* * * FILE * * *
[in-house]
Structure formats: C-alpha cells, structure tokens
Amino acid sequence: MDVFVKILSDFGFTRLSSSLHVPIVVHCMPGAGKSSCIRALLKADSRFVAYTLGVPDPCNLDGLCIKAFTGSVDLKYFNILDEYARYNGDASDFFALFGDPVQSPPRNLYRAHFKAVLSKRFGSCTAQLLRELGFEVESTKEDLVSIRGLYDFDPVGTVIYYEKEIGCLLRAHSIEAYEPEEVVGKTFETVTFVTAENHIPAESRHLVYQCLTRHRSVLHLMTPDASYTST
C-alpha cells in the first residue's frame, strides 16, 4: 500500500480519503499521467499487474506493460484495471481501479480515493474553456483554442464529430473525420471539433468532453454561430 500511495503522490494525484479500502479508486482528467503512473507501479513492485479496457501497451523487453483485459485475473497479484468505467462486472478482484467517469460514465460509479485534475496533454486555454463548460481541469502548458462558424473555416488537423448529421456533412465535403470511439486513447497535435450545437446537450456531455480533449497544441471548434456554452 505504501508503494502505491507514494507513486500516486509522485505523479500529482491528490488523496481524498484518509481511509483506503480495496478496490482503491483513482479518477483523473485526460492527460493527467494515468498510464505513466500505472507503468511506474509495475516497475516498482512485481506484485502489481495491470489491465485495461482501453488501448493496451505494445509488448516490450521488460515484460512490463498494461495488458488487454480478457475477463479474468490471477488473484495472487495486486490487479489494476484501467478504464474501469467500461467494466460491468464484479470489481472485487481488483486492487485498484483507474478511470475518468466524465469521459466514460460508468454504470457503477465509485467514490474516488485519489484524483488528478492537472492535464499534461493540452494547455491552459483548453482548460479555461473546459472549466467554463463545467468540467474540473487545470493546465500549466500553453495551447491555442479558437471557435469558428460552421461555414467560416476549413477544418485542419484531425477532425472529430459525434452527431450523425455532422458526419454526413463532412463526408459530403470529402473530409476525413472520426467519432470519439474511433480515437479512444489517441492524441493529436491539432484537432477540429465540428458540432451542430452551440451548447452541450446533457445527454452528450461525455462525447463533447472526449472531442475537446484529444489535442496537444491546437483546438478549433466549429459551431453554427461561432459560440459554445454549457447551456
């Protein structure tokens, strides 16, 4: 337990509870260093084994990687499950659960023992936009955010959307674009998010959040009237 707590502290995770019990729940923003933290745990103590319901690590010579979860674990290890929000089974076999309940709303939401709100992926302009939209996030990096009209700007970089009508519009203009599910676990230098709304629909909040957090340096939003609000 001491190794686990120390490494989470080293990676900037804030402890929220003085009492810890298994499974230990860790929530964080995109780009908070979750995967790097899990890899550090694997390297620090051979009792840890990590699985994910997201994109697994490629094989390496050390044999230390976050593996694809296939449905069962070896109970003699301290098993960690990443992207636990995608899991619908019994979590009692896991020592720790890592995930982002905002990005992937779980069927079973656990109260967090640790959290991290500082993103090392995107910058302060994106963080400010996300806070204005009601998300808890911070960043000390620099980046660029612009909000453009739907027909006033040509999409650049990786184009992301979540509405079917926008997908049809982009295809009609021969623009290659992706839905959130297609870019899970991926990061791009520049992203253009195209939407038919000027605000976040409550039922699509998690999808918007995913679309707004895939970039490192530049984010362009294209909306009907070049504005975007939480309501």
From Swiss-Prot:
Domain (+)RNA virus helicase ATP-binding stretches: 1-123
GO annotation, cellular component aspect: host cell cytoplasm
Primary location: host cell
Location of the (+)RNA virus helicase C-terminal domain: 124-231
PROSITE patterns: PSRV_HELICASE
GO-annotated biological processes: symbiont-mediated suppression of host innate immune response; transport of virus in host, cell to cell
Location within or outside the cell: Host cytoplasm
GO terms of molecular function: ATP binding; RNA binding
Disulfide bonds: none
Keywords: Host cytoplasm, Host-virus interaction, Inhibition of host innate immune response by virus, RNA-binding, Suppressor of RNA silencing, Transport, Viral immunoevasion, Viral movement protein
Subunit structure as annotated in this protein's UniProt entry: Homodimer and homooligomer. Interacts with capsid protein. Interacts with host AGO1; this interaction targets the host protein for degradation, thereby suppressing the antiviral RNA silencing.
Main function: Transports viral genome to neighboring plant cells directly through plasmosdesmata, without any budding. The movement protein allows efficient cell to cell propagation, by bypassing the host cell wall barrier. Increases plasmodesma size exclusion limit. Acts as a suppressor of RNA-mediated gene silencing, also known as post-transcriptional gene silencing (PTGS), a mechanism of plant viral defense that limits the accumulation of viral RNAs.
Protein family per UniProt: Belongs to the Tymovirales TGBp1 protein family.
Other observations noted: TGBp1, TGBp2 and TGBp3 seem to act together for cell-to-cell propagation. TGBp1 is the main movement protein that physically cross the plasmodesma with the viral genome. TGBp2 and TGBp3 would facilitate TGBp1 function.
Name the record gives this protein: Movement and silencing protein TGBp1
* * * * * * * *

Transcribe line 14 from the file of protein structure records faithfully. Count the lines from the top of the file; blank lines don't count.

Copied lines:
GO terms of molecular function: ATP binding; RNA binding